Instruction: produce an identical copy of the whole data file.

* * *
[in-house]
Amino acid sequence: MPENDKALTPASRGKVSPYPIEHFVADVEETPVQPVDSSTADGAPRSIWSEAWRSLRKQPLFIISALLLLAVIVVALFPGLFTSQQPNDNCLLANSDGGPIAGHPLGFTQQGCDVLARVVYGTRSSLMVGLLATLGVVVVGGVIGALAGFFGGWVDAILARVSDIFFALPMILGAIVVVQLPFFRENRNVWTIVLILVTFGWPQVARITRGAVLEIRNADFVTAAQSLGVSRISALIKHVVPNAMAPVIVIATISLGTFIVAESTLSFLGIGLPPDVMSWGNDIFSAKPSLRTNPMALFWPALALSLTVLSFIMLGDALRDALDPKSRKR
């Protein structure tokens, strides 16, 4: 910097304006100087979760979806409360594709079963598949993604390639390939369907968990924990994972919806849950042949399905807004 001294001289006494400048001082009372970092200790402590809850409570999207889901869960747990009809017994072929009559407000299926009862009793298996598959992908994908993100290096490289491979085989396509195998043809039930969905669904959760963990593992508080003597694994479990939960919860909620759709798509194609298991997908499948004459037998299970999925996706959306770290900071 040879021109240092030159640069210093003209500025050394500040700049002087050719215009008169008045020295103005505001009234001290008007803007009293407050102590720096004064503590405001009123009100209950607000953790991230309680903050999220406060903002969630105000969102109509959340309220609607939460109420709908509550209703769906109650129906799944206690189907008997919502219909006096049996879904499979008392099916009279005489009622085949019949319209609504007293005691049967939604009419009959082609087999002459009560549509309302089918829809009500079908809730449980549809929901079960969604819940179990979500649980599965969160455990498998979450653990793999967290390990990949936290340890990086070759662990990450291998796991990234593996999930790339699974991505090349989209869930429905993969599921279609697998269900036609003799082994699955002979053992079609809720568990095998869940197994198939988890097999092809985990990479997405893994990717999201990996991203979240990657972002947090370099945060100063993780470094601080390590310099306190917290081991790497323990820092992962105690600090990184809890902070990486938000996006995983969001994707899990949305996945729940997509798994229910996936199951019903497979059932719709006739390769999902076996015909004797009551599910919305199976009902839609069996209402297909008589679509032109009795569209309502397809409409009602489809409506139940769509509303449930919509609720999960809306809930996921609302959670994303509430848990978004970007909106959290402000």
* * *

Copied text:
[in-house]
Amino acid sequence: MPENDKALTPASRGKVSPYPIEHFVADVEETPVQPVDSSTADGAPRSIWSEAWRSLRKQPLFIISALLLLAVIVVALFPGLFTSQQPNDNCLLANSDGGPIAGHPLGFTQQGCDVLARVVYGTRSSLMVGLLATLGVVVVGGVIGALAGFFGGWVDAILARVSDIFFALPMILGAIVVVQLPFFRENRNVWTIVLILVTFGWPQVARITRGAVLEIRNADFVTAAQSLGVSRISALIKHVVPNAMAPVIVIATISLGTFIVAESTLSFLGIGLPPDVMSWGNDIFSAKPSLRTNPMALFWPALALSLTVLSFIMLGDALRDALDPKSRKR
């Protein structure tokens, strides 16, 4: 910097304006100087979760979806409360594709079963598949993604390639390939369907968990924990994972919806849950042949399905807004 001294001289006494400048001082009372970092200790402590809850409570999207889901869960747990009809017994072929009559407000299926009862009793298996598959992908994908993100290096490289491979085989396509195998043809039930969905669904959760963990593992508080003597694994479990939960919860909620759709798509194609298991997908499948004459037998299970999925996706959306770290900071 040879021109240092030159640069210093003209500025050394500040700049002087050719215009008169008045020295103005505001009234001290008007803007009293407050102590720096004064503590405001009123009100209950607000953790991230309680903050999220406060903002969630105000969102109509959340309220609607939460109420709908509550209703769906109650129906799944206690189907008997919502219909006096049996879904499979008392099916009279005489009622085949019949319209609504007293005691049967939604009419009959082609087999002459009560549509309302089918829809009500079908809730449980549809929901079960969604819940179990979500649980599965969160455990498998979450653990793999967290390990990949936290340890990086070759662990990450291998796991990234593996999930790339699974991505090349989209869930429905993969599921279609697998269900036609003799082994699955002979053992079609809720568990095998869940197994198939988890097999092809985990990479997405893994990717999201990996991203979240990657972002947090370099945060100063993780470094601080390590310099306190917290081991790497323990820092992962105690600090990184809890902070990486938000996006995983969001994707899990949305996945729940997509798994229910996936199951019903497979059932719709006739390769999902076996015909004797009551599910919305199976009902839609069996209402297909008589679509032109009795569209309502397809409409009602489809409506139940769509509303449930919509609720999960809306809930996921609302959670994303509430848990978004970007909106959290402000």